Individuals can’t apply for help. It comes through a referral from a doctor?

“Correct and our strategy right now , working with PCC[Prostate Cancer Canada] is we’re first and foremost about the research side, and then, secondly, the survivorship side. It’s really about building tools that are scalable in the sense that we’re trialing them at different facilities across the country. But our goal at Movember is never to do something that is only to be good for people in one community. We want to build, whether it’s an online tool, whether it’s using other technology for lack of a better word, but finding ways to make whatever we trial and find out that it works, that it’s scalable. So that the person that’s living in northern Ontario or northern Alberta or Northwest Territories can get access to the same type of resources that we create here in Toronto or Vancouver or wherever the programs might be trialed. So we are trialing those programs right now and they’ll be rolled out to other communities across the country.”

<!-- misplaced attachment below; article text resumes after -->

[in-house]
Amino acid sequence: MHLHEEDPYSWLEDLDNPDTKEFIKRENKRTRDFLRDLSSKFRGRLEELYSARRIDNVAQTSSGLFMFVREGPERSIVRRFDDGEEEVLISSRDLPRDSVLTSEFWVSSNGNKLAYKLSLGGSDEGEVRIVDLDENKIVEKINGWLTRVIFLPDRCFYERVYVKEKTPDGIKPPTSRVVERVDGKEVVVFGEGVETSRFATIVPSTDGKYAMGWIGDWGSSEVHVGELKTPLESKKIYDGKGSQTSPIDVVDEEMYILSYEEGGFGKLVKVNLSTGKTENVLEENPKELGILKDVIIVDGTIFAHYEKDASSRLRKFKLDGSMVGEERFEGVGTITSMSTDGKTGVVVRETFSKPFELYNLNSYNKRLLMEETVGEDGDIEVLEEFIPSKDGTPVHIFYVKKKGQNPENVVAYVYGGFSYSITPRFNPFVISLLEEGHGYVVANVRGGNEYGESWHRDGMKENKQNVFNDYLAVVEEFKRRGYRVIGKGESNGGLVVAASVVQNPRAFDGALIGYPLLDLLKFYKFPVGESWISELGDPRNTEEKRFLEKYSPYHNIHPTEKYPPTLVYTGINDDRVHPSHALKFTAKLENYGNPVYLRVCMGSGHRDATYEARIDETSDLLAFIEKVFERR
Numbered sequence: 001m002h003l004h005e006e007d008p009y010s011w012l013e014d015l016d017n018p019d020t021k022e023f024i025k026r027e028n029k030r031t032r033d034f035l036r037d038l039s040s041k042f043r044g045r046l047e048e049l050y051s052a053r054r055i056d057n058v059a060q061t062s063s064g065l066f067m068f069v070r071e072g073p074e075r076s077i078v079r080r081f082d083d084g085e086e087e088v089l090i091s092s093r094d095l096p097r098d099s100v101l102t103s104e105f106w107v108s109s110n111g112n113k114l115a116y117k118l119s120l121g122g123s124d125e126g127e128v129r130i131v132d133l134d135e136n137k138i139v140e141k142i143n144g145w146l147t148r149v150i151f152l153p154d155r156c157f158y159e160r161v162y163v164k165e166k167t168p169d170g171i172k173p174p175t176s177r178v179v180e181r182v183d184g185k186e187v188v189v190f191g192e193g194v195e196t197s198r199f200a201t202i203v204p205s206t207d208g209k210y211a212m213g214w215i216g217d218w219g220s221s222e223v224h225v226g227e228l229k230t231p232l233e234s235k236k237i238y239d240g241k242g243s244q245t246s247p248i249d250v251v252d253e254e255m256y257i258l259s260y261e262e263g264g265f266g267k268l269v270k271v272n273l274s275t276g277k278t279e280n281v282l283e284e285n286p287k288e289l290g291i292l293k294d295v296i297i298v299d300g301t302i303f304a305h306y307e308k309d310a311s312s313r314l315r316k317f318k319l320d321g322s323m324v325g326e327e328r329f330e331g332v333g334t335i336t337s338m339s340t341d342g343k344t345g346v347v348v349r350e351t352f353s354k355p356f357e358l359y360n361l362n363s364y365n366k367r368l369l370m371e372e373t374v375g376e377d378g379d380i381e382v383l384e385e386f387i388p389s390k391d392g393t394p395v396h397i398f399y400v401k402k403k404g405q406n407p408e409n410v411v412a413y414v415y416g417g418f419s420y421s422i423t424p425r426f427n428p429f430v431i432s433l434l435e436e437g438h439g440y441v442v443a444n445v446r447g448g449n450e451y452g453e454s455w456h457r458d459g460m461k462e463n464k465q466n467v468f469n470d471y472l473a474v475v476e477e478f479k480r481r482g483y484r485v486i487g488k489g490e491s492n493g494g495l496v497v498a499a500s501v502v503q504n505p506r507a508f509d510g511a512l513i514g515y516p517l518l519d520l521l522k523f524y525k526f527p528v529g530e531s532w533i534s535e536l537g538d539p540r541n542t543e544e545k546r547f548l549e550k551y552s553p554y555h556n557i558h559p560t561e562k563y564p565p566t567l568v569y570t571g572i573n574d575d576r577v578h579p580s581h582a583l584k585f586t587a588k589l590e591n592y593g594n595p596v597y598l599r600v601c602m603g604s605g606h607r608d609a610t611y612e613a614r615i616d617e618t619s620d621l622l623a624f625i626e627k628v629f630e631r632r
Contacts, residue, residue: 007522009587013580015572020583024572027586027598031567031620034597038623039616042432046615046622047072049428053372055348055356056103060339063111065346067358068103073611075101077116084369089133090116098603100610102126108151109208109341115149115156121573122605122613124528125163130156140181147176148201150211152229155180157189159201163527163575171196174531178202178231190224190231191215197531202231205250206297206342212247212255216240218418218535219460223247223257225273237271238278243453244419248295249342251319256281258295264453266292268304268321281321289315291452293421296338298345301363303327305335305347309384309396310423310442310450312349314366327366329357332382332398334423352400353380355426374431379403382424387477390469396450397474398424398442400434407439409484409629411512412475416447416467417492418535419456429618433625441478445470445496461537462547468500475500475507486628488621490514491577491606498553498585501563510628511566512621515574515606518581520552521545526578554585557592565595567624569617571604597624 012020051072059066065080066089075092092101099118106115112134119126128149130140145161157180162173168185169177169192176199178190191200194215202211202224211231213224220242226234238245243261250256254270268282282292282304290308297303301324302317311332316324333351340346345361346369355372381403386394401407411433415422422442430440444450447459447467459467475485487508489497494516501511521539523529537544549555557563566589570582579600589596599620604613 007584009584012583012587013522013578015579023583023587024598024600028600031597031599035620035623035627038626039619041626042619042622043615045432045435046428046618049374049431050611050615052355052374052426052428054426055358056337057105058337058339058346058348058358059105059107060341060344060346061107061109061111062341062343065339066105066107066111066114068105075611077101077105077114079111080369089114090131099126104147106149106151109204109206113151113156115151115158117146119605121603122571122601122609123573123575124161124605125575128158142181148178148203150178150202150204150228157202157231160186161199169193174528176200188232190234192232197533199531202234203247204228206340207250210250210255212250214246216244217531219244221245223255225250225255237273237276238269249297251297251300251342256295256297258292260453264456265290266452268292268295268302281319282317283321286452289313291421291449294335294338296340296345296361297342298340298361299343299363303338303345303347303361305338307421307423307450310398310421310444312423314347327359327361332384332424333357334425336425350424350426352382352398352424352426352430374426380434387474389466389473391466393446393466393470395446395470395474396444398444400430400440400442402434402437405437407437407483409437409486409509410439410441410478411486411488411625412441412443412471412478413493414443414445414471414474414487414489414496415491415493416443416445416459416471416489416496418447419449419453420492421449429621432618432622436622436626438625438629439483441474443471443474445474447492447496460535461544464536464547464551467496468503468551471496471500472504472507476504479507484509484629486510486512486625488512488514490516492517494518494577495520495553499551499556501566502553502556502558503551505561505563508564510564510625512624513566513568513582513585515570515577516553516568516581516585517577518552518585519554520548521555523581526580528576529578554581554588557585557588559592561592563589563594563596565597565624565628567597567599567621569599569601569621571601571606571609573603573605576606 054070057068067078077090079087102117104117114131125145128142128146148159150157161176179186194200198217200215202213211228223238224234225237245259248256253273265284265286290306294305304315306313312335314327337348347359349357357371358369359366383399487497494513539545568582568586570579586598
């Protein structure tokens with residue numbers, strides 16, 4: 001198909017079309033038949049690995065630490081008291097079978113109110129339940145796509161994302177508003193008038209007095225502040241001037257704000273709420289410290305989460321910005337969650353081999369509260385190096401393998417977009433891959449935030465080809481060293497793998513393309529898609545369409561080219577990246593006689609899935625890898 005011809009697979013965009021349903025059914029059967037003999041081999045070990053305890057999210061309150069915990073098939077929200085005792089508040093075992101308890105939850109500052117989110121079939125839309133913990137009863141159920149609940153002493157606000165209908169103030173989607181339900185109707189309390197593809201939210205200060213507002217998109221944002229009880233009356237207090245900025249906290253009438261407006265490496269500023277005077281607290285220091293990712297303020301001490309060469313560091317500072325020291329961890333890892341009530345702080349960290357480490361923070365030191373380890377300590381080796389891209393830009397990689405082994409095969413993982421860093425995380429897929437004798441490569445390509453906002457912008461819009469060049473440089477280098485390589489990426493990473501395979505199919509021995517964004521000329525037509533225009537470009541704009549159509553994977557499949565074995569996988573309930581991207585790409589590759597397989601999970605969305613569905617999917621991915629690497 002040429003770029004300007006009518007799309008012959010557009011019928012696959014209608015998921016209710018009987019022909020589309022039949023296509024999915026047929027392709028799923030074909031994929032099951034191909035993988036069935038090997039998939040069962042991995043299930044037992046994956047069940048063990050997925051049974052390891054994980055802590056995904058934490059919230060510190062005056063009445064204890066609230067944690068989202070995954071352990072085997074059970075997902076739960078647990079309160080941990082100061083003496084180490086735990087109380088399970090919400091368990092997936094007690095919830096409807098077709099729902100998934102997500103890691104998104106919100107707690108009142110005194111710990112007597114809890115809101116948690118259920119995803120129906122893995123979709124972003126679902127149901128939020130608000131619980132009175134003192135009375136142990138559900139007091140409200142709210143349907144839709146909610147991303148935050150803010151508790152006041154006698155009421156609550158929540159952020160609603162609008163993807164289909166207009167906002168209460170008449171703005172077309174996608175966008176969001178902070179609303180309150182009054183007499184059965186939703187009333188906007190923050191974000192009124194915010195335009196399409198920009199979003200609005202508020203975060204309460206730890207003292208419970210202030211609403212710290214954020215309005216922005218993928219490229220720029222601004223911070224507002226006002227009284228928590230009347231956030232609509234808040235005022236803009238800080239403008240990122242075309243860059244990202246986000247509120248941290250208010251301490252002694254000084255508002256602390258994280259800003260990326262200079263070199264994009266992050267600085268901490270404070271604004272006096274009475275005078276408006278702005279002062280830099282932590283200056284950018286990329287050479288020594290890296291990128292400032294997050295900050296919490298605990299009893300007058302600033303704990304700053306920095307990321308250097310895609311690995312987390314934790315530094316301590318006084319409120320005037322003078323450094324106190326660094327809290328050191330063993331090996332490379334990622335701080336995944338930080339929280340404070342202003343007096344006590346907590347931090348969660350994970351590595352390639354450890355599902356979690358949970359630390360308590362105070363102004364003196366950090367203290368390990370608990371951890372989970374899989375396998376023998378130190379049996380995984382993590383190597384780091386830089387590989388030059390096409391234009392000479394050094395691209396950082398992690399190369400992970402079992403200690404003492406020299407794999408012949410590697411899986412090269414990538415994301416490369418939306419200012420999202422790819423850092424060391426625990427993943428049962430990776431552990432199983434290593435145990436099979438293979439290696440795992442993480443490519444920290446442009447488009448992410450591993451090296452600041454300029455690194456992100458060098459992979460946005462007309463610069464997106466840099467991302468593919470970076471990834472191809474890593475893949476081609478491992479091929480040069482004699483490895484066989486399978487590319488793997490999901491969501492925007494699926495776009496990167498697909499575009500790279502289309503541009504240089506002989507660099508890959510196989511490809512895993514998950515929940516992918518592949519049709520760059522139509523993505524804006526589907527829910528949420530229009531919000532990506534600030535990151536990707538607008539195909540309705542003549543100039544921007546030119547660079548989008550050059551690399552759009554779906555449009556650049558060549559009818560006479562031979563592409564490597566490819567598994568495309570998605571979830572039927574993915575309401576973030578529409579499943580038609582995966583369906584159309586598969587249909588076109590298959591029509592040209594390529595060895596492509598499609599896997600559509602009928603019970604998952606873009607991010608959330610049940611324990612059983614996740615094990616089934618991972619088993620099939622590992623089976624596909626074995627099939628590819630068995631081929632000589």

You do want men to register, not just grow a moustache.

“First an foremost, registering you’re name is being counted as those who are supporting.  At the end of the day, growing moustaches and creating the conversation in your community is wonderful. l but we need people to register because they can find out more about Movember, more about the men’s health issues, more about the events and that makes them a part of  Mo Journey, as we say, and allows us to count all the people that are stepping up and putting their name behind the Movember campaign.

“And, I might add, that without the love and support of Mo Sisters — no different than men supporting the women’s movement — this movement will only be half the impact it can have because a woman supporting a man in growing his moustache or supporting or by donating to his campaign is pretty critical to the success of Movember today, tomorrow and in the future.”

How is your moustache?

“I had one going for a couple of months. I call this spring training, just checking things out, what looks good this year, the latest moustache style that I need to be considering. Nov. 1 I shave down along with every other Mo Bro. I’m going to go back to the handlebars. I think for me the handlebars are the quintessential male facial hair, whether you want to be a rock star , a biker, a porn star, a trucker, whatever that symbolizes for you. It’s that alter ego that we’ve all wanted to rock but we haven’t had the courage to do so in other times of our lives. In the month of Movember we can all get away with it.” is an online magazine covering the good deeds of individuals, charities and businesses.